I have talked about equine metabolic syndrome and equine Cushing's disease in horses and today I am going to talk about reproduction in mares affected with these conditions. If you have a mare that has equine metabolic syndrome or Cushing's disease, there is some evidence these horses may be less fertile than other horses. First of all, it's really not a good idea for these mares to carry a foal anyway because they are susceptible to laminitis and founder, and the added weight of a foal will not help.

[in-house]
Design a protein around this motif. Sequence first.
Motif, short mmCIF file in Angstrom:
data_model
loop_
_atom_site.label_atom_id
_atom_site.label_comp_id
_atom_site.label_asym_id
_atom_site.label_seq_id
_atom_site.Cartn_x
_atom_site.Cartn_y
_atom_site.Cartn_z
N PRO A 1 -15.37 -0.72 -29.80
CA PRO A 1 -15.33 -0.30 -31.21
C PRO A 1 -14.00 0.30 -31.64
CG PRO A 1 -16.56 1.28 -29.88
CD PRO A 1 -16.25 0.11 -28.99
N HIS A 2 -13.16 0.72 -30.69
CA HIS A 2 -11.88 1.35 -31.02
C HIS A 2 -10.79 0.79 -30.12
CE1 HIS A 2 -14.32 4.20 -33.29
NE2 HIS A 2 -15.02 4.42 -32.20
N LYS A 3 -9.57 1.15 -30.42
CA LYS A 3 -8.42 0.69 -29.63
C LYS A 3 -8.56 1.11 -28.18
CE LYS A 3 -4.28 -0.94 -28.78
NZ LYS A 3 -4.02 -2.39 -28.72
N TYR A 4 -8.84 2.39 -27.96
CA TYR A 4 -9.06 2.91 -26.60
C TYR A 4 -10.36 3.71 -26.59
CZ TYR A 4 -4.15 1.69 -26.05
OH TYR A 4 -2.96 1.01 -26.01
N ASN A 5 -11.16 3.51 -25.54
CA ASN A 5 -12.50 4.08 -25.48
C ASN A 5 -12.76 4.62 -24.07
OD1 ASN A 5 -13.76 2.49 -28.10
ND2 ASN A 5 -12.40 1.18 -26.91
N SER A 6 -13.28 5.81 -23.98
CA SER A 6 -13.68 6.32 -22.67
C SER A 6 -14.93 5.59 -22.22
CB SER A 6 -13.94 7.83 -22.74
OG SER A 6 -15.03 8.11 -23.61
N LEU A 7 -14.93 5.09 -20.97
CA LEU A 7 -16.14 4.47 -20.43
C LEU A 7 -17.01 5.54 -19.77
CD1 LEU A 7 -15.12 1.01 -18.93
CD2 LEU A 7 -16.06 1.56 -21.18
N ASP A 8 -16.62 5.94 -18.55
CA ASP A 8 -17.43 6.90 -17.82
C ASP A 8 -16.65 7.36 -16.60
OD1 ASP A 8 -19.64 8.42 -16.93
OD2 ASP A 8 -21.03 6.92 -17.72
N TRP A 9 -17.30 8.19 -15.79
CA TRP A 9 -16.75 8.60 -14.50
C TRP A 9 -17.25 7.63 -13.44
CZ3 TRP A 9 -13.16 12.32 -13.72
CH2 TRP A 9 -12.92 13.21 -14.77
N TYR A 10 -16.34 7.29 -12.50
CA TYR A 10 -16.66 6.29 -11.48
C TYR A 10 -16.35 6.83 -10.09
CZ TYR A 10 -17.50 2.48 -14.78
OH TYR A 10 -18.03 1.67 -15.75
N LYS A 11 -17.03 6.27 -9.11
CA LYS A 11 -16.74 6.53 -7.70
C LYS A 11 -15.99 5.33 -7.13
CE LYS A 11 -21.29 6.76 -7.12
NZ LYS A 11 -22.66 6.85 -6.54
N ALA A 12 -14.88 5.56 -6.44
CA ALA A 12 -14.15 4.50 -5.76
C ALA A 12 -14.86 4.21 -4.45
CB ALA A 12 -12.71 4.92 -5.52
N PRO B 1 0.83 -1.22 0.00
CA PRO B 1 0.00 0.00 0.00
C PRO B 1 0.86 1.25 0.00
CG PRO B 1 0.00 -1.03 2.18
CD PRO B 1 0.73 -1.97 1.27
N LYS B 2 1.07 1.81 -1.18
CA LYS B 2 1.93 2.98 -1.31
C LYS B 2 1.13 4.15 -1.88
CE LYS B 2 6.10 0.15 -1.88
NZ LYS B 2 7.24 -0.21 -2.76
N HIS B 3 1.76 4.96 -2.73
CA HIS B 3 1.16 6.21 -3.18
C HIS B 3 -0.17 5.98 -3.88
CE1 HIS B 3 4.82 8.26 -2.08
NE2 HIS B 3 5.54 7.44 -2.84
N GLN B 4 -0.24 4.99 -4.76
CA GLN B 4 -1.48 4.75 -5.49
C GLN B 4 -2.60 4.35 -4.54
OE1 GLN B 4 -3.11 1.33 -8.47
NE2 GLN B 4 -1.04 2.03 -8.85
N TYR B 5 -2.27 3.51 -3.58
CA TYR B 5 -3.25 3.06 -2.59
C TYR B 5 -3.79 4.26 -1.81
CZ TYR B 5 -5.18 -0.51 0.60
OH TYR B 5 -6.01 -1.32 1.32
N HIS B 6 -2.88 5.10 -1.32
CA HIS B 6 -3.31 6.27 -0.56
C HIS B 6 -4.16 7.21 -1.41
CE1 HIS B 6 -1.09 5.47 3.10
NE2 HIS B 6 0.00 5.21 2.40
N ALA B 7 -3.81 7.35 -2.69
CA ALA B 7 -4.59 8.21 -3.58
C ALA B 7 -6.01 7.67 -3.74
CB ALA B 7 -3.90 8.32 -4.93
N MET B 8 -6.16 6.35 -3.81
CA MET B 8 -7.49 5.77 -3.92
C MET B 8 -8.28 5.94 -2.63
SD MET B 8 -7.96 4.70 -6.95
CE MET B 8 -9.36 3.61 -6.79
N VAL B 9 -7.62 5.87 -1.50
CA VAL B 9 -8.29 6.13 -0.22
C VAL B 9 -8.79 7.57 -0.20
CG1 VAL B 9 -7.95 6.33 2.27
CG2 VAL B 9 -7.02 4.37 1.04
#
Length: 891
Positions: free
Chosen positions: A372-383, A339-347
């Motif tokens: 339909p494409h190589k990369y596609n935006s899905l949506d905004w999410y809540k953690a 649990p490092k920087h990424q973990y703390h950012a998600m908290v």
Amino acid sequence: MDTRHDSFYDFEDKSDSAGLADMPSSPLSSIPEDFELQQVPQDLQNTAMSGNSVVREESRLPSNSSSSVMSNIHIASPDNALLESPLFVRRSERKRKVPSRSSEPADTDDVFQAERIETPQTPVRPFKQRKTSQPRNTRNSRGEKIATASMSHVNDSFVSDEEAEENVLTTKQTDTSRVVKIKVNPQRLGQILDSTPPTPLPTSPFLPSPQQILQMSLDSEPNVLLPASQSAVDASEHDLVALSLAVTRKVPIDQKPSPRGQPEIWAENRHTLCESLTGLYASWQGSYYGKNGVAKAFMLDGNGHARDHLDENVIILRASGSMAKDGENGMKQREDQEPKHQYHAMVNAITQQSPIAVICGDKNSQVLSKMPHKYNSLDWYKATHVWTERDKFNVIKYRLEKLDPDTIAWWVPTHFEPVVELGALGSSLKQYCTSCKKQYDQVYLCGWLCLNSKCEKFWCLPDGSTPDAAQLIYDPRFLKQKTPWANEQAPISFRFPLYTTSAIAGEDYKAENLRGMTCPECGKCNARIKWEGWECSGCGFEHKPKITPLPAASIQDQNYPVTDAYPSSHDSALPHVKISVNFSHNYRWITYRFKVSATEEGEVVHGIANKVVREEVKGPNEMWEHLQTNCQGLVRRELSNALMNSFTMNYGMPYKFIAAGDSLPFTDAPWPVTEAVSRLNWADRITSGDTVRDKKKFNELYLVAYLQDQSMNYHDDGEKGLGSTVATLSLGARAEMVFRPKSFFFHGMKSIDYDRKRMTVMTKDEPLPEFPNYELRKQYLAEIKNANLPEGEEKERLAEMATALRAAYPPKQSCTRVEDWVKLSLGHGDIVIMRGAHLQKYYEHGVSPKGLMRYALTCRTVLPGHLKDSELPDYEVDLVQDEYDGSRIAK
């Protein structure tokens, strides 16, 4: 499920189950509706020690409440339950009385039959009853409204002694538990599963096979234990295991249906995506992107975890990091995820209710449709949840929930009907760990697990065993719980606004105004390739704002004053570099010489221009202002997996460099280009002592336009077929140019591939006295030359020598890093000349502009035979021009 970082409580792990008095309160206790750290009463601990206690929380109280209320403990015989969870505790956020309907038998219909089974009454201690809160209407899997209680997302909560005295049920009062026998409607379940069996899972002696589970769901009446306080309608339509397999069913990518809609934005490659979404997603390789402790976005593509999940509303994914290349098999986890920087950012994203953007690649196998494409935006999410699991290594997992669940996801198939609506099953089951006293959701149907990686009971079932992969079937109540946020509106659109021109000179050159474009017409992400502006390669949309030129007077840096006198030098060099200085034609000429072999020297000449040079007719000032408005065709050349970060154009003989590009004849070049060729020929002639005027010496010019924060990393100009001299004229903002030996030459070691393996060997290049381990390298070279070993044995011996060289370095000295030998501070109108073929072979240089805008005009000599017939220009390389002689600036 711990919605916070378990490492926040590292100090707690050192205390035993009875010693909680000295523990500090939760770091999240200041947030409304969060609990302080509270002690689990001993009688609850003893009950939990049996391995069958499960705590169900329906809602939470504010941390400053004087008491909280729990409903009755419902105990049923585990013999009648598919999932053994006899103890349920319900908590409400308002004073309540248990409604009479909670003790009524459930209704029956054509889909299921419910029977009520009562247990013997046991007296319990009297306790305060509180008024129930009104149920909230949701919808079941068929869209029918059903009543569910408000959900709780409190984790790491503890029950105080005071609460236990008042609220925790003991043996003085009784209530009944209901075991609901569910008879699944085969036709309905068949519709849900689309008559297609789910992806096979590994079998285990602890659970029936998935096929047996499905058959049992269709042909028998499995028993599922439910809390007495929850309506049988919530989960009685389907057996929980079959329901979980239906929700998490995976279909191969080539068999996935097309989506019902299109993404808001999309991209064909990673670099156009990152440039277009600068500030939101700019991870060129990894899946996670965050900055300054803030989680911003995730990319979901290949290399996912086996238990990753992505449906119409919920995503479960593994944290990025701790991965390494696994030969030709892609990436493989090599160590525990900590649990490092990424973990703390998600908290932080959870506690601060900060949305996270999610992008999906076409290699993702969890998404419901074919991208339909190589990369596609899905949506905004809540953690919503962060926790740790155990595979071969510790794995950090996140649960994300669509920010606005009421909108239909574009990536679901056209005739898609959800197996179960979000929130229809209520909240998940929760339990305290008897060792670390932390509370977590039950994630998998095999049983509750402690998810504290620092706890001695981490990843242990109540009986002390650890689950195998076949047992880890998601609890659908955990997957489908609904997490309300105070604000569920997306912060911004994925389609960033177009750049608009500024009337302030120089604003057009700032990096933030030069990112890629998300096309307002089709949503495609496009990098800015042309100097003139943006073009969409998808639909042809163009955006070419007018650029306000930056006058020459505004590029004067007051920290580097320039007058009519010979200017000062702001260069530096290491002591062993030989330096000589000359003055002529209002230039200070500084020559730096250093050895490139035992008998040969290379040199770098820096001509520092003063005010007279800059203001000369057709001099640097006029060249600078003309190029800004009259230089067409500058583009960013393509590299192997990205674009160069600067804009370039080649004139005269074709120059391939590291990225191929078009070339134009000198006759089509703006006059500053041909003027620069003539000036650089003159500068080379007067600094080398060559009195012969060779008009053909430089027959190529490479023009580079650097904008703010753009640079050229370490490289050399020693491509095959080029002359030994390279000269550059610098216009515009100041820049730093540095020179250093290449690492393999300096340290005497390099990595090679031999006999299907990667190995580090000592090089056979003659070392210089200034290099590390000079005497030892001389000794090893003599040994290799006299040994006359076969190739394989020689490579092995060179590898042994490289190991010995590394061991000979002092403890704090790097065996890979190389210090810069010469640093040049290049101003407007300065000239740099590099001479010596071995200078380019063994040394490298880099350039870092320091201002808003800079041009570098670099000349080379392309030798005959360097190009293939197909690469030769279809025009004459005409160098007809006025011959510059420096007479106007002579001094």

Also, it has been shown that older horses have a persistent low-grade inflammation caused by production of some inflammatory mediators and increased body fat may be a contributor as fatty tissue increases production of the inflammatory chemicals. Although it is not known what effect these chemicals have on fertility, many of these overweight horses tend to cycle throughout the winter whereas healthy horses stop cycling from October to February. Also, the cycles on these overweight mares can be abnormal as the interval between cycles is much greater. The hormone progesterone is elevated longer in these horses and this fact, coupled with the decreased immunity in horses with Cushing's disease, makes them more susceptible to infections. Since uterine infections are a major cause of infertility in mares, these mares in general are less fertile. So if you have an older mare that you would like to breed that is overweight and has equine metabolic syndrome or Cushing's disease, it is important to address these problems before considering breeding.